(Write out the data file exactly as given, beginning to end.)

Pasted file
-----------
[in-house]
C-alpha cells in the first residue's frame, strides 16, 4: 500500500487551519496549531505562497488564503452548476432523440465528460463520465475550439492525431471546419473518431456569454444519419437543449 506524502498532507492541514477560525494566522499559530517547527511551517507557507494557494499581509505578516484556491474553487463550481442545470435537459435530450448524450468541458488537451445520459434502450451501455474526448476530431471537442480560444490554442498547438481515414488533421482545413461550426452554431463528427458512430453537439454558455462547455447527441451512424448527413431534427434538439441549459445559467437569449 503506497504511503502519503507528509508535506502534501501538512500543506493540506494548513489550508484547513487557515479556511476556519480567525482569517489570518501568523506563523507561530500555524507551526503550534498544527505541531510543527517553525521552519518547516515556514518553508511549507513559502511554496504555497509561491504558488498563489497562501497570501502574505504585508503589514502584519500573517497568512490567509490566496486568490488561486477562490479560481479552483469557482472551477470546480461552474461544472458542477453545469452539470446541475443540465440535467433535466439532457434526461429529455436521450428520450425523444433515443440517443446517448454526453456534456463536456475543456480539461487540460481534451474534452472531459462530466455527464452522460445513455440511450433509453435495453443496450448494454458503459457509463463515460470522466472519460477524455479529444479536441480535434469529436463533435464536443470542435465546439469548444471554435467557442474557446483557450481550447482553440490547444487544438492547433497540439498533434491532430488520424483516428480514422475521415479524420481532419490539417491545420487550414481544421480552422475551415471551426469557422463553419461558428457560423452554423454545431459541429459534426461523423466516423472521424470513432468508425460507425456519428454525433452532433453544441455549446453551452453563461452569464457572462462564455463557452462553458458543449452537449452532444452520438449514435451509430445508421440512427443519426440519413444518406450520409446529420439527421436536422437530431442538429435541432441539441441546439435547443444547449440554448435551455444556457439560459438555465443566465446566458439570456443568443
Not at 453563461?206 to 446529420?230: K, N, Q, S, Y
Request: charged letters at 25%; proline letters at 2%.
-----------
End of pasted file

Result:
[in-house]
C-alpha cells in the first residue's frame, strides 16, 4: 500500500487551519496549531505562497488564503452548476432523440465528460463520465475550439492525431471546419473518431456569454444519419437543449 506524502498532507492541514477560525494566522499559530517547527511551517507557507494557494499581509505578516484556491474553487463550481442545470435537459435530450448524450468541458488537451445520459434502450451501455474526448476530431471537442480560444490554442498547438481515414488533421482545413461550426452554431463528427458512430453537439454558455462547455447527441451512424448527413431534427434538439441549459445559467437569449 503506497504511503502519503507528509508535506502534501501538512500543506493540506494548513489550508484547513487557515479556511476556519480567525482569517489570518501568523506563523507561530500555524507551526503550534498544527505541531510543527517553525521552519518547516515556514518553508511549507513559502511554496504555497509561491504558488498563489497562501497570501502574505504585508503589514502584519500573517497568512490567509490566496486568490488561486477562490479560481479552483469557482472551477470546480461552474461544472458542477453545469452539470446541475443540465440535467433535466439532457434526461429529455436521450428520450425523444433515443440517443446517448454526453456534456463536456475543456480539461487540460481534451474534452472531459462530466455527464452522460445513455440511450433509453435495453443496450448494454458503459457509463463515460470522466472519460477524455479529444479536441480535434469529436463533435464536443470542435465546439469548444471554435467557442474557446483557450481550447482553440490547444487544438492547433497540439498533434491532430488520424483516428480514422475521415479524420481532419490539417491545420487550414481544421480552422475551415471551426469557422463553419461558428457560423452554423454545431459541429459534426461523423466516423472521424470513432468508425460507425456519428454525433452532433453544441455549446453551452453563461452569464457572462462564455463557452462553458458543449452537449452532444452520438449514435451509430445508421440512427443519426440519413444518406450520409446529420439527421436536422437530431442538429435541432441539441441546439435547443444547449440554448435551455444556457439560459438555465443566465446566458439570456443568443
Not at 453563461?206 to 446529420?230: K, N, Q, S, Y
Request: charged letters at 25%; proline letters at 2%.